Editor’s Note: ‘Along the Trail’ is a weekly column written by David Hewitt of Switzerland County; and covers all things dealing with the outdoors, from hunting and fishing to woodsmanship.
October, 2005: my pal and I found ourselves secreted along a rolling hillside, huddled on the tundra just south of the Arctic Circle, watching a herd of caribou a mile distant. The herd had probably 100 or more animals, a mix of bulls, cows and yearlings. A wide racked bull with a heavy white mane was in the middle of the pack and drew my buddy’s attention.
The wind blew and a spit of rain hit our faces as the herd ate up the ground with that long, loping gait that only caribou have. I peeked over my shoulder to see my friend sitting off to my side. I pulled my binoculars to my eyes, the animals now less than 400 yards. My partner whispers that when the herd is in range, the huge bull in the middle was his pick.
I propped my elbows on my knees and spied the herd through the glasses. 200 yards, 150 yards, 120…
Arthur had tossed his backpack in front of him and took a prone position using the pack to steady his muzzleloader. I focused through the lenses on the white maned bull. A smaller bull cleared and I anticipated the shot…
The distinctive “crack-boom” of the muzzleloader shattered the silence of the tundra and filled the air with sulfur and smoke followed by the solid thud of the slug hitting home. The massive bull took the full effect of the shot. His legs wobbled and he immediately hit the ground and came to rest among the boulders and moss as the report of the shot echoed across unending tundra.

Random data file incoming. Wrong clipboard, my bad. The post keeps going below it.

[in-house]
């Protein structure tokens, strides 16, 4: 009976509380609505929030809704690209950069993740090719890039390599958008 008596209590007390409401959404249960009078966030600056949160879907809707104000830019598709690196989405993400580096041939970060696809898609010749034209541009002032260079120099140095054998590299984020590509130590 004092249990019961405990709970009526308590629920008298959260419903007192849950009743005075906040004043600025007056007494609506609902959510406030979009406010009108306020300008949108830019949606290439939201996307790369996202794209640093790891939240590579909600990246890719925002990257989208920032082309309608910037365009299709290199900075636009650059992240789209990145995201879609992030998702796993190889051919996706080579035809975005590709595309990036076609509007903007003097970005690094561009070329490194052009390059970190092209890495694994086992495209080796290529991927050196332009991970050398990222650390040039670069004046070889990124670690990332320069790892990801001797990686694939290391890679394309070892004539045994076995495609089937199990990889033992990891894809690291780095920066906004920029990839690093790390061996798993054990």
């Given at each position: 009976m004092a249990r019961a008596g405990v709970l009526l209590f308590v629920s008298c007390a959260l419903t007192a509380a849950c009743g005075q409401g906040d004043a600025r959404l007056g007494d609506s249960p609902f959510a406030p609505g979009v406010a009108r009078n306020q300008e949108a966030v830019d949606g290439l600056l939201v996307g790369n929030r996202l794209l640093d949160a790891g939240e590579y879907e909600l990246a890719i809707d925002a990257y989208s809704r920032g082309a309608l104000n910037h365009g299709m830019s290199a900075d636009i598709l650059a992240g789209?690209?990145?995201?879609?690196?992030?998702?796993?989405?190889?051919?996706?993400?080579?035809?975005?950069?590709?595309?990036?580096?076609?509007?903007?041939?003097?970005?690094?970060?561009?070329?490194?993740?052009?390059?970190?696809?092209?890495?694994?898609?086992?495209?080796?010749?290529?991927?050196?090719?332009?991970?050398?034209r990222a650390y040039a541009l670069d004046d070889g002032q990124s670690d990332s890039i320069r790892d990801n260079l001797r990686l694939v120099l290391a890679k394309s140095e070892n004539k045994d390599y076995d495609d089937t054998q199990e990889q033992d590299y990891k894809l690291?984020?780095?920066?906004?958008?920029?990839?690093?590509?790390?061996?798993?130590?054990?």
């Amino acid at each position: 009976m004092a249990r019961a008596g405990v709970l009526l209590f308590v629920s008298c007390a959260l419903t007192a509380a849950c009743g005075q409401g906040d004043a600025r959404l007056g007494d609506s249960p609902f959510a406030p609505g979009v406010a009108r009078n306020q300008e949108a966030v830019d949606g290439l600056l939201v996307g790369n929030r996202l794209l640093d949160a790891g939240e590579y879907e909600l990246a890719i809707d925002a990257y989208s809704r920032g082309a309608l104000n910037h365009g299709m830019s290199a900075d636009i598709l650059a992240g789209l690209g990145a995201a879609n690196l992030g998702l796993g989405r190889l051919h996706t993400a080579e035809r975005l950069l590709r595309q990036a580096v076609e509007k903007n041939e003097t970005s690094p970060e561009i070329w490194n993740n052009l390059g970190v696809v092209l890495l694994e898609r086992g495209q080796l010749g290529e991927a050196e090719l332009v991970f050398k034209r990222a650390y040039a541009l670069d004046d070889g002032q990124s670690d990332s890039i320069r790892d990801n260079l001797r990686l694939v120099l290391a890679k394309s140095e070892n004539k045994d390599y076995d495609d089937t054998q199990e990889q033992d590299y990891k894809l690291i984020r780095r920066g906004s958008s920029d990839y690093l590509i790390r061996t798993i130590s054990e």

I hopped to my feet as Arthur stood up and gathered himself. There was no back slapping or fist pumping, just a heart felt handshake. I’m sure we had a couple of words, but most of all, I remember the deep, wide grin across my pal’s face and his rosy cheeks. The smile was infectious and I returned with a grin and laughter of my own.
We made our way to the downed bull, jumping from boulder to boulder and tip toeing on the spongy ground, not quite frozen, not quite thawed, typical of this part of the world.
We stood there in the middle of nowhere, admiring the magnificent bull, the huge antlers, the beautiful coat, the landscape, the colors of the arctic autumn, all of it…Soaking in the moment, taking it all in.
We didn’t exchange any words, just a glance back and forth and we both knew this was a magic place, something special, something to be revered. The two of us got to work on making meat, still quiet, but knowing we were blessed to be where we were and to be able to share the experience with each other.
My pal passed away, suddenly and unexpectedly last week, far too young and far too soon. But, I hope that someday when I’m called home that we can once again sit on a cold, October hillside, watch a herd of caribou and their bouncing antlers and smile. Arthur Ashcraft was a good man, a hunting partner and an even better friend, and he will be deeply missed.
– David Hewitt